A Dictionary of Greek and Roman biography and mythology

Smith, William

A Dictionary of Greek and Roman biography and mythology. William Smith, LLD, ed. 1890

(Δωριεύς), eldest son of Anaxandrides, king of Sparta, by his first wife [ANAXANDRIDES], was however born after the son of the second marriage, Cleomenes, and therefore excluded from immediate succession. He was accounted the first in personal qualities of Sparta's young men, and feeling it an indignity to remain under the rule of one so inferior to him in worth, and so narrowly before him in claim to the throne, he left his country hastily, and without consulting the oracle of Delphi, to establish for himself a kingdom elsewhere. He led his colony first, under the guidance of some Theraeans, to Libya : the spot he here chose, Cinyps by name, was excellen t; but he was driven out ere long by the Libyans and Carthaginians, and led the survivors home. He now, under the sanction of the oracle, set forth to found a Heracleia in the district pronounced to be the property of Hercules, and to have been reserved by him for any descendant who might come to claim it, Eryx, in Sicily. In his passage thitherward, along the Italian coast, he found the people of Croton preparing (B. C. 510) for their conflict with Sybaris, and induced, it would seem, by the connexion between Croton and Sparta (Müller, Dor. bk. 10.7.12), he joined in the expedition. and received, after the fall of the city, a plot of land, on which he built a temple to Athena, of the Crathis. Such was the story given to Herodotus by the remnants of the Sybarites, who were his fellow-citizens at Thurii, denied however by the Crotoniats, on the evidence, that while Callias, the Elean prophet, had received from them various rewards, still enjoyed there by his posterity, in return of his service in the war, nothing of the sort recalled the name of Dorieus. This, however, if Dorieus was bent on his Sicilian colony, is quite intelligible. He certainly pursued his course to Eryx, and there seems to have founded his Heracleia ; but ere long, he and all his brother Spartans with him, a single man excepted [EURYLEON], were cut off in a battle with the Egestaeans, and, as it seems, the Carthaginians. He left however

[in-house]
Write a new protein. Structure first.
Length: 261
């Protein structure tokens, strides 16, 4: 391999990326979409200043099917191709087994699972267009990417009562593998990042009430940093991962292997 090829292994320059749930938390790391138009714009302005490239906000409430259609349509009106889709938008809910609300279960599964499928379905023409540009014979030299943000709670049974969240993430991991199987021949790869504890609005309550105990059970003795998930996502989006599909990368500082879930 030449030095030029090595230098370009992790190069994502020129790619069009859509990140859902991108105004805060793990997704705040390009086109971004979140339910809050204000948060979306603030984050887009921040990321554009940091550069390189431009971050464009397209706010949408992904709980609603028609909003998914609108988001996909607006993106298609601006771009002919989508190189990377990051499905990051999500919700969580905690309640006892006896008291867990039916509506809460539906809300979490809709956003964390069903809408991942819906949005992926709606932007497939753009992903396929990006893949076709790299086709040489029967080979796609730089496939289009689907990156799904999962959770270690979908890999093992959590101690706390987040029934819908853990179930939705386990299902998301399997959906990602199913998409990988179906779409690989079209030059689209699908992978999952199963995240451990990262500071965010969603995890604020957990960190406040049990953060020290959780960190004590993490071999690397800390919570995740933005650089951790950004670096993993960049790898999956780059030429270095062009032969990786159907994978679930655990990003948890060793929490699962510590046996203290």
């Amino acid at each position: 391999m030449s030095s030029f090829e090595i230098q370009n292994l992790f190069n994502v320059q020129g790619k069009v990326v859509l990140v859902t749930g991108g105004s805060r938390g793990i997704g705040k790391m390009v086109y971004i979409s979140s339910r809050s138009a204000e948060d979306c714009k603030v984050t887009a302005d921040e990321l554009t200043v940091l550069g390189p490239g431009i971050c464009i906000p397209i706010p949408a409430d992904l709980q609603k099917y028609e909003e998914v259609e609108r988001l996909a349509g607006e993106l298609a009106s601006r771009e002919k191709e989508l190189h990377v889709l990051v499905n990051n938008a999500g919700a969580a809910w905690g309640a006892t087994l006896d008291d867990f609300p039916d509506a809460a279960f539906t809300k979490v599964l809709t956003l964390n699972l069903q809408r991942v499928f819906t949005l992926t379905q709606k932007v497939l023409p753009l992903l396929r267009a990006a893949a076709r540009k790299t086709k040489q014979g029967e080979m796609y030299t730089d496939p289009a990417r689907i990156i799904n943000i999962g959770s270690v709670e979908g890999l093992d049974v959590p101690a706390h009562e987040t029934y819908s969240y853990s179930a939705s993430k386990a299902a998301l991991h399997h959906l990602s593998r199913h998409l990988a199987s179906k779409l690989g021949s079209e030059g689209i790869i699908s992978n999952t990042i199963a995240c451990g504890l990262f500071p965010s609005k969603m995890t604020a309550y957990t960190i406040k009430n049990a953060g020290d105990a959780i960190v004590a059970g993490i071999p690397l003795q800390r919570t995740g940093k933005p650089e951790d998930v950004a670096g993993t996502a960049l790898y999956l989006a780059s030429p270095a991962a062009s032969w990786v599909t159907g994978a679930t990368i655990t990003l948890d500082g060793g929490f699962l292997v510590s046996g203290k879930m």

behind him a son, Euryanax, who accompanied his cousin Pansanias in the campaign (B. C. 479) against Mardonius. Why this son did not succeed rather than Leonidas, on the death of Cleomenes, is not clear; Müller suggests, comparing Plut. Agis 100.11, that a Heracleid, leaving his country to settle elsewhere lost his rights at home. (Hdt. 5.41_66; 9.10, 53, 55; Diod. 4.23; Paus. 3.16.4, and 3.8.)